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GENUS: Euphorbia

Euphorbia cyparissias LCypress-spurge

Euphorbia maculata LWartweed

Euphorbia marginata Pursh.—Snow-on-the-mountain

FAMILY: Euphorbiaceae—the Spurge Family (see Codiaeum)

PHENOLOGY: Euphorbia spp. bloom from May to September depending on the taxon.

DISTRIBUTION: More than twenty species of Euphorbia are found in Pennsylvania. They occur as weeds (Euphorbia maculata L ), as garden plants (E. marginata Pursh ), or as plants escaped from cultivation (E cyparissias L ).

PLANT CHARACTERISTICS: The Euphorbia cyathium contains staminate flowers: several, each containing one stamen; pistilate flower: one, containing one pistil; ovary: 3-celled, 3-ovuled; styles: 3; involucre: 4- to 5-lobed, usually bearing glands in the sinuses. Our plants are herbs, usually with milky, acrid juice.

POISONOUS PARTS: The whole plant, fresh or dried, is poisonous.

SYMPTOMS: Diarrhea, collapse, and death may result from ingestion of Euphorbia cyparissias. Hay contaminated with E. cyparissias has caused death in cattle.

Euphorbia maculata, growing predominantly in a pasture, caused a 30% loss of Hampshire lambs. Euphorbia maculata fed to lambs at a rate of 0.62°/c body weight caused death within hours. Surviving lambs were photosensitized so that exposure to sunlight produced edematous enlargement of the head. Toxicity may increase during July and August when rains follow a period of drought.

Euphorbia marginata produced diarrhea and emaciation, lasting several months, when 100 oz was fed to cattle. Consumption of this plant can cause blistering, irritation, and inflammation of the upper digestive tract. The sap has been noted to cause contact dermatitis on the legs and face of horses. The death of a young woman, who drank a decoction of E. marginata in an effort to abort, is reported.

POISONOUS PRINCIPLES: Irritant cocarcinogenic diterpenoids have been isolated as toxins in some Euphorbia species.

CONFUSED TAXA: Euphorbia cyparissias is a colonial plant from creeping rootstocks; leaves: linear, entire, crowded, 3 cm long, 1-nerved; cyathia: umbel-like cymes, yellowish green when young, becoming purplish red; glands: yellow, crescent shaped with 2 short horns.

Euphorbia maculata are prostrate plants growing like mats over the ground; leaves: all opposite, oblique at base, dark green, often with a median red spot: stipules: present; glands and petaloid appendages: 4. Botanists are not in full agreement as to the identity of plants to be included in this species. Some plants that may prove to be equivalent to E. maculata L., are E. supina, E. chamaesyce and E. hirta.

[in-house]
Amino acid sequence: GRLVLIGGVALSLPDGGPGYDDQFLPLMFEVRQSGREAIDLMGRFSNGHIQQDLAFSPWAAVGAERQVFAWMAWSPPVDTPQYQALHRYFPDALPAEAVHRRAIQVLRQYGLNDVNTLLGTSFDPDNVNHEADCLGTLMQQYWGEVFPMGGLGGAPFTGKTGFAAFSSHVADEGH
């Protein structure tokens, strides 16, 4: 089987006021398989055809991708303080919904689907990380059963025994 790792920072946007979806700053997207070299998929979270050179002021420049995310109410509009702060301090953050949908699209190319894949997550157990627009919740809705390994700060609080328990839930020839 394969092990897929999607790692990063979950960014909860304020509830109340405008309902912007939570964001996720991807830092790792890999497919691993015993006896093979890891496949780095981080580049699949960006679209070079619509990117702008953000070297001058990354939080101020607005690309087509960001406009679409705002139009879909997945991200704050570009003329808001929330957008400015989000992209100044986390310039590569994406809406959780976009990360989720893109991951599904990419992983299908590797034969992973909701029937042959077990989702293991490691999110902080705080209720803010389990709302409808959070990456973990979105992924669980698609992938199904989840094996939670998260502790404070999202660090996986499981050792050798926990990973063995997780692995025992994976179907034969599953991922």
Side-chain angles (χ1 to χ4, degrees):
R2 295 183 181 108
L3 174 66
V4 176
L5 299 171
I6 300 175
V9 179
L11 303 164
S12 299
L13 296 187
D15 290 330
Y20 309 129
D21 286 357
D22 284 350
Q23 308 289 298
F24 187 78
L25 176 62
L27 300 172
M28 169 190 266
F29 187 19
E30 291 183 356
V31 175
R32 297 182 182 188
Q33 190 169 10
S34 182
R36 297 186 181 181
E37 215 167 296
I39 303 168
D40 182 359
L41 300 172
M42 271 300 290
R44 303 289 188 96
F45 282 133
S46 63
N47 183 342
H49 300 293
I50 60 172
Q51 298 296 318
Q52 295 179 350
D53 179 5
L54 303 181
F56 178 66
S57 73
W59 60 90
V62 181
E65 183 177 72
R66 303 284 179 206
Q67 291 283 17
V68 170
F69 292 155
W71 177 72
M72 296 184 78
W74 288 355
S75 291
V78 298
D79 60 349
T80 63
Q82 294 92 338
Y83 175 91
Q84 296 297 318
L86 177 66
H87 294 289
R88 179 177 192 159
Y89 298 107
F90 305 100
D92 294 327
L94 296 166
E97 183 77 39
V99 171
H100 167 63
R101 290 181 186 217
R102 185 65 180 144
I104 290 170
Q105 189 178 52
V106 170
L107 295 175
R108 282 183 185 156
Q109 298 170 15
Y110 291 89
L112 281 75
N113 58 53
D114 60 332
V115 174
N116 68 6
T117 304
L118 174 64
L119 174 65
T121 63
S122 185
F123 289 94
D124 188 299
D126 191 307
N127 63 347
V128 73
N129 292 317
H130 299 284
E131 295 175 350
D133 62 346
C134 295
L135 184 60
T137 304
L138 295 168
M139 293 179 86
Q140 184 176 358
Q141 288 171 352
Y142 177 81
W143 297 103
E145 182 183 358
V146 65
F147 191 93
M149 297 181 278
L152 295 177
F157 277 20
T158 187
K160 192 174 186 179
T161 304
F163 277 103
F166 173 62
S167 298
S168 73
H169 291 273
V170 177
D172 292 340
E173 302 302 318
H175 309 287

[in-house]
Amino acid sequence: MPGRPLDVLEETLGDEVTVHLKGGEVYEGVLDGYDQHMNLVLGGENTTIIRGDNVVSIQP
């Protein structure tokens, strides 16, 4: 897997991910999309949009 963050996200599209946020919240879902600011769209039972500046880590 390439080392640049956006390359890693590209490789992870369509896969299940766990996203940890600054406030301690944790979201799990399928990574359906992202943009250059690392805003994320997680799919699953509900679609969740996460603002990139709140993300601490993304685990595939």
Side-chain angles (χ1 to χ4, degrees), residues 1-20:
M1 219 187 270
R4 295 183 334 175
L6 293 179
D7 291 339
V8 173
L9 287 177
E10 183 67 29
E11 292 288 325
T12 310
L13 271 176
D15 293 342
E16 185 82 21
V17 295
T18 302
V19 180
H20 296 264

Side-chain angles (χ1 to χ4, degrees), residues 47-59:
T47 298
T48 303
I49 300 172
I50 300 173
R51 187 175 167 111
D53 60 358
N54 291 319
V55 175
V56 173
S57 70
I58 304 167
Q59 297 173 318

Euphorbia marginata grows to 2 m; leaves: alternate, sessile, broadly ovate to elliptic; leaves subtending the inflorescence: whorled; marginated with white, or entirely white; involucral lobes: fringed; appendages: 5, white, conspicuous; fruit: 3-lobed. 6-7 mm in diameter,

TREATMENT: (11a)(b); (26)

OF INTEREST: All species of Euphorbia can be expected to contain the complex esters believed responsible for poisonings and are probably capable of eliciting an allergic reaction. Reported deaths from Euphorbia poisoning are rare but livestock can be seriously affected.

Euphorbia corollata L. (flowering spurge) has been implicated in the poisoning of livestock. This widely distributed weed flowers from May though September and has 5 cyathial glands and white petaloid appendages. It has been used in small doses for diaphoresis and as an expectorant.

Euphorbia heterophylla L. (fire-on-the-mountain), commonly cultivated in the Midwest, is now becoming prevalent as an escaped plant in the East. Diagnostic characters include the absence of petaloid appendages on the singular gland of the involucre and stem leaves that are mostly alternate, glabrous above, and hairy beneath. A closely related species, E. dentata Michx., has opposite leaves with hairs on both sides. It too is found in increasing numbers on dry sites, along roadsides, and in waste places. Both are to be treated with suspicion, although no records indicate poisonings from these taxa.

Other species to be alerted to are E. Preslii Guss, E. esula L. (leafy spurge), and E. Peplus L, (petty spurge). The last-named species is locally abundant in vegetable gardens, and unconfirmed reports indicate that dogs eating a low concentrated mixture of it and grass develop violent diarrhea; it has proven lethal to human beings. Euphorbia lathyris (caper-spurge) was used as a medicinal folk remedy. This toxic species can still be found around old homesteads and as an escaped plant.

Euphorbia commonly grown as houseplants include Euphorbia Milfi Ch. des Moulins (crown-of thorns) and E pulcherrina Willd. (Poinsettia). The crown-of-thorns is a woody, spiny plant with cyathia subtended by bright red bracts. When bruised, it produces an irritant, white, milky latex. No cases of severe poisoning have been reported in the literature, but crown-of-thorns may be toxic if consumed in quantity. Poinsettias are popular Christmas-time house plants. No well documented cases of severe poisoning exist despite many cases of fruit, bud, and leaf ingestion The irritant milk may produce symptoms of gastroenteritis including abdominal pain, vomiting, and diarrhea.

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